Tag Archives: mental health

Parents Group Warns Marijuana Legalization is Unhealthy for Families and Communities

Virginia Legislators Need to Evaluate Public Health Outcomes in Pot Legal States says PopPot

Merrifield, VA– February 4, 2021—[EIN Press Wire]Virginia’s state legislature is fast-tracking a bill to legalize marijuana. Parents Opposed to Pot (PopPot), a Virginia-based educational nonprofit, calls on the legislature to slow down and consider the fact that this is an addictive drug that can cause severe mental illness.

“The governor claims his top priority is public health, and yet the only legislative committee not to review the pending marijuana commercialization law is the Health committee,” explains Aubree Adams, Assistant Director of PopPot. “Our website, poppot.org, contains dozens of stories of marijuana addiction, psychosis, and death, written by parents, former and current users of marijuana.”

Continue reading Parents Group Warns Marijuana Legalization is Unhealthy for Families and Communities

My Daughter Suffered Paranoia and Psychosis from “Medical” Marijuana

My daughter is in her thirties.  A friend who was a recovering drug addict introduced her to marijuana. She started experimenting with pot after high school. I didn’t know about it at the time, only found out years later. She said it brought up memories and was sort of traumatic for her.

She started seeing a therapist.  And, eventually, she was recommended a medical marijuana card. I still don’t know the diagnosis. She was smoking marijuana occasionally before that, but once she got the card she started smoking large amounts of pot. She was telling me strange things, things that didn’t make sense. I thought ‘this is really odd.’ The next time we visited she was very secretive. She was dressed nicely and seemed to be taking care of herself, as normal. But it was our conversation that was unnerving.  She took me outside to the woods nearby to speak, because she suspected there were hidden cameras all over her home. Continue reading My Daughter Suffered Paranoia and Psychosis from “Medical” Marijuana

Government setting wrong example on pot

The following article comes from the “Your Views” section of The Daily Herald, a Chicagoland newspaper, on January 7, 2020.

What was Illinois Lt. Gov. Juliana Stratton thinking when she purchased recreational marijuana in Chicago on the first day of its legal sales in Illinois? Does she not understand that as a public official, she is setting a reckless and foolish example, especially for children and teens?

Illinois policymakers are sending a dangerous message to our young people. First, we called it “medicinal.” Now, we call it “recreational.” Gone are the days of “this is your brain on drugs.” Instead, elected officials like Stratton are celebrating drug use by welcoming the marijuana industry to communities throughout the state.

Their feckless example will mislead citizens into a diminished understanding of the dangers of drug use until it affects them personally. As the perception of risk plummets, drug use (and addictions) will climb.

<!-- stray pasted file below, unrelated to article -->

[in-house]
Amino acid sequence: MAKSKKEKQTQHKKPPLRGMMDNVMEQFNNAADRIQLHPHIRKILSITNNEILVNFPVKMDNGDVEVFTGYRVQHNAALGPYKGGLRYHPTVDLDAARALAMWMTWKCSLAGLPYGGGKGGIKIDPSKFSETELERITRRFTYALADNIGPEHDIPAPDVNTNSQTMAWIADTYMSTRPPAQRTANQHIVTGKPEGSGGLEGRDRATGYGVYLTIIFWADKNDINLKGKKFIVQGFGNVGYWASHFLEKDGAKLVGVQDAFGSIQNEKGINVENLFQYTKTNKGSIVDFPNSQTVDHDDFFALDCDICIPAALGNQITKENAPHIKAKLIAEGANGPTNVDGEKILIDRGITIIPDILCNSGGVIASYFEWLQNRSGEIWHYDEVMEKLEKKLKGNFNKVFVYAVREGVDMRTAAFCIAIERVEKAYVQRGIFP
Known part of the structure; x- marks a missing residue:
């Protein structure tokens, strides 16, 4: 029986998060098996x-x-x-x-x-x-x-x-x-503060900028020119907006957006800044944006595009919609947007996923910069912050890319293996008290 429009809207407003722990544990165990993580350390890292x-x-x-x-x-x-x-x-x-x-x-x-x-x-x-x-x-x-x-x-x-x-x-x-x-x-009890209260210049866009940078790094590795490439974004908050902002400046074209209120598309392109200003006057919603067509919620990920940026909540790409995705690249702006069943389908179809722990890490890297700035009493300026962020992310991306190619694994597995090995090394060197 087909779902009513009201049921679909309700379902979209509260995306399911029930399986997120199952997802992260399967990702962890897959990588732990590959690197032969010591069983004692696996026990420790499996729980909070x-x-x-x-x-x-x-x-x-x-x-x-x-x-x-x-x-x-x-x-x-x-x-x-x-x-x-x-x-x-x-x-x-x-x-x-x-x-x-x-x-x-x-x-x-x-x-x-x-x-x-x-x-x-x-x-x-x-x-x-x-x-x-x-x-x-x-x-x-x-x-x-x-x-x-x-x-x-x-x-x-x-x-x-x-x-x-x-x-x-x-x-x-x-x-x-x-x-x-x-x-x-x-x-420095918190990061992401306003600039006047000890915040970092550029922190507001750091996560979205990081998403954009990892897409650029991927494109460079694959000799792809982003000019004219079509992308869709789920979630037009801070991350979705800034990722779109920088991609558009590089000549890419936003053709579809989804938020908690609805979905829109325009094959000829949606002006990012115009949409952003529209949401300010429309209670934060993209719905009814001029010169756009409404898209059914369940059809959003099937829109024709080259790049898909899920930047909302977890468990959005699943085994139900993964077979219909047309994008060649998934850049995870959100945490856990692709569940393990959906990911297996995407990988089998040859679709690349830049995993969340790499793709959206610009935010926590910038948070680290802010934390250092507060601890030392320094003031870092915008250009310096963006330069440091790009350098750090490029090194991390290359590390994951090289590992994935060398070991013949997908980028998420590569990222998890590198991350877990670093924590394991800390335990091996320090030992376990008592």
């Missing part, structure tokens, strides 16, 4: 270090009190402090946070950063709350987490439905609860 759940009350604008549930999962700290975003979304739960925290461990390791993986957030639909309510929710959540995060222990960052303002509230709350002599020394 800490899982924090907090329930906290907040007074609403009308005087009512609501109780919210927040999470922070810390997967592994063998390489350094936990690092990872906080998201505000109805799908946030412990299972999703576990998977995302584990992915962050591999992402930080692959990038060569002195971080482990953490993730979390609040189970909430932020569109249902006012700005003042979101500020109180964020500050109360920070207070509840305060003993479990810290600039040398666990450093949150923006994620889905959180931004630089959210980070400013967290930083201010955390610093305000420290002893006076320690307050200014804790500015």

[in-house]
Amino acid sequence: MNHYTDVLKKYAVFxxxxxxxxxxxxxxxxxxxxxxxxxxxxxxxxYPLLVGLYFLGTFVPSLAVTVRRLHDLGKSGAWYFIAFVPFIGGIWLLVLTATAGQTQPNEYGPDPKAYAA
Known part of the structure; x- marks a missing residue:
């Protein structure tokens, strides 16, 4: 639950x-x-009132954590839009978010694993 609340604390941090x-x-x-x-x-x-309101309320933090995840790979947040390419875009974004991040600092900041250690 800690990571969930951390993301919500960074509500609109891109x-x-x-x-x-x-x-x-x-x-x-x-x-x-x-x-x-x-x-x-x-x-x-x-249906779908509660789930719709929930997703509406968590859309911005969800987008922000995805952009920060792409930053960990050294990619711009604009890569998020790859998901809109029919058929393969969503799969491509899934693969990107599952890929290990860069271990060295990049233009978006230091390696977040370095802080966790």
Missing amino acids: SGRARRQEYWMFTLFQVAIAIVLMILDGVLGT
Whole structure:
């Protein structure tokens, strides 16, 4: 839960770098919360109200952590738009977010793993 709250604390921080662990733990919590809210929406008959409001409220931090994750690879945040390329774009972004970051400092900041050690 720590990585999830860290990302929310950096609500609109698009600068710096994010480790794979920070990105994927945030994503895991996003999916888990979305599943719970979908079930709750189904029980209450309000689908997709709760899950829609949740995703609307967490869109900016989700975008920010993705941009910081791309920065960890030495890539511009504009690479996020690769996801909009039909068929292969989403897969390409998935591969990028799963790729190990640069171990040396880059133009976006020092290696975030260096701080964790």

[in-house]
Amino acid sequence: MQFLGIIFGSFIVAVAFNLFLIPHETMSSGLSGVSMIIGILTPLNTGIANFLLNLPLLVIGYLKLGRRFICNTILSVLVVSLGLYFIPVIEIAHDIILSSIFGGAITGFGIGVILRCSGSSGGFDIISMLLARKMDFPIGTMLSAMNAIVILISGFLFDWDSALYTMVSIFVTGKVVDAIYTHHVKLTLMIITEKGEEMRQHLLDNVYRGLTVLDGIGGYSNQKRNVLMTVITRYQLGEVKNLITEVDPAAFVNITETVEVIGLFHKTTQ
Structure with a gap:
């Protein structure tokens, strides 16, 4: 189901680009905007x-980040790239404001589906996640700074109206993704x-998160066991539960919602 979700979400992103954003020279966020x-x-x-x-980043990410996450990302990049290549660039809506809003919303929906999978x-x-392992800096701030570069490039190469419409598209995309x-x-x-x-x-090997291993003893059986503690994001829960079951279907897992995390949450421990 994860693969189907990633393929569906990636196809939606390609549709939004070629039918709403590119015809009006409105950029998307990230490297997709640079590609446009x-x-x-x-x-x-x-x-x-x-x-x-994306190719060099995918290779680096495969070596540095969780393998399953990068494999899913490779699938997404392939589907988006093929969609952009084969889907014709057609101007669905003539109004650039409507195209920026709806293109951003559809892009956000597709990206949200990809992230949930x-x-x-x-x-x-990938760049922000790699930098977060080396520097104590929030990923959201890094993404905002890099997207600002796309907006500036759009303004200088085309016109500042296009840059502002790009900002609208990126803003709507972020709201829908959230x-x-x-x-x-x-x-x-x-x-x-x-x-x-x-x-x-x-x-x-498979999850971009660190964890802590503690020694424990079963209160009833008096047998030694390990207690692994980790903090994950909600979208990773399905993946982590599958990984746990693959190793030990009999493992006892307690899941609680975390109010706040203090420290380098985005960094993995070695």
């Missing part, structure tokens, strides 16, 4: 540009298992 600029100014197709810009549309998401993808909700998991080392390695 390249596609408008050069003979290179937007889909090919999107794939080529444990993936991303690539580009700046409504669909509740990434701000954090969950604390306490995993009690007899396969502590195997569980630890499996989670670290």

Not only have lawmakers failed to do their due diligence before passing this marijuana law, but they have also failed to heed the compelling research that indicates how regular use of marijuana affects young people, including an increased risk of psychiatric illnesses and loss of IQ points.

Parents, grandparents, teachers, and religious leaders would do well to counter Stratton’s irresponsible example by returning to the sensible message, “just say no to drugs.”

David Smith, Executive Director, Illinois Family Institute

Latest survey raises concern about pot

On August 20, The Substance Abuse and Mental Health Services Administration released the 2018  Annual National Survey on Drug Use and Health (NSDUH), the most comprehensive survey on drug use. According to the survey, 45,000 more teenagers are regularly using the drug, marijuana users are more likely to abuse opioids than non-users, and levels of marijuana use disorder continue to rise. 

According to the study, approximately 4.4 million people aged 12 and older had a marijuana use disorder in the last year. Breaking this out further, 2.1 percent of youths aged 12-17, 5.9 percent of young adults aged 18-25, and 0.9 percent of adults 26 and older suffered from a marijuana use disorder. The percentage of young adults with a marijuana use disorder is significantly higher than last year and is the highest it has been since 2004.

At the same time, the mental health problems in young adults ages 18-25 are growing. This age group that suffers the most from cannabis use disorder.  It’s hard not to see the mental crisis is related to the increasing use of marijuana and the increased potency of the marijuana that has come with legalization.  Mental health care is the weakest link in our health care system and the increase in drug use exacerbates the issue. Last year it was found that

The latest statistics

The data on use in American youth aged 12-17 show an upward trend in use rates over the last few years, with use among this population at 12.5 percent. According to the report, about 1 in 8 (or 3.1 million) adolescents were past year users of marijuana. Almost 12 million young Americans 18-25 (34.8 percent) reported past year use. This percentage is on par with 2017 levels and continues to represent the highest level of use in the past 25 years. 

Additionally, the study found 15.4 percent of past year daily marijuana users reported past year opioid misuse, 19.1 percent reported past month heavy alcohol use, 17.1 percent reported past year cocaine use, 4.1 percent reported past year methamphetamine use, 17.9 percent reported a major depressive episode, and 14 percent reported a serious mental illness.  Continue reading Latest survey raises concern about pot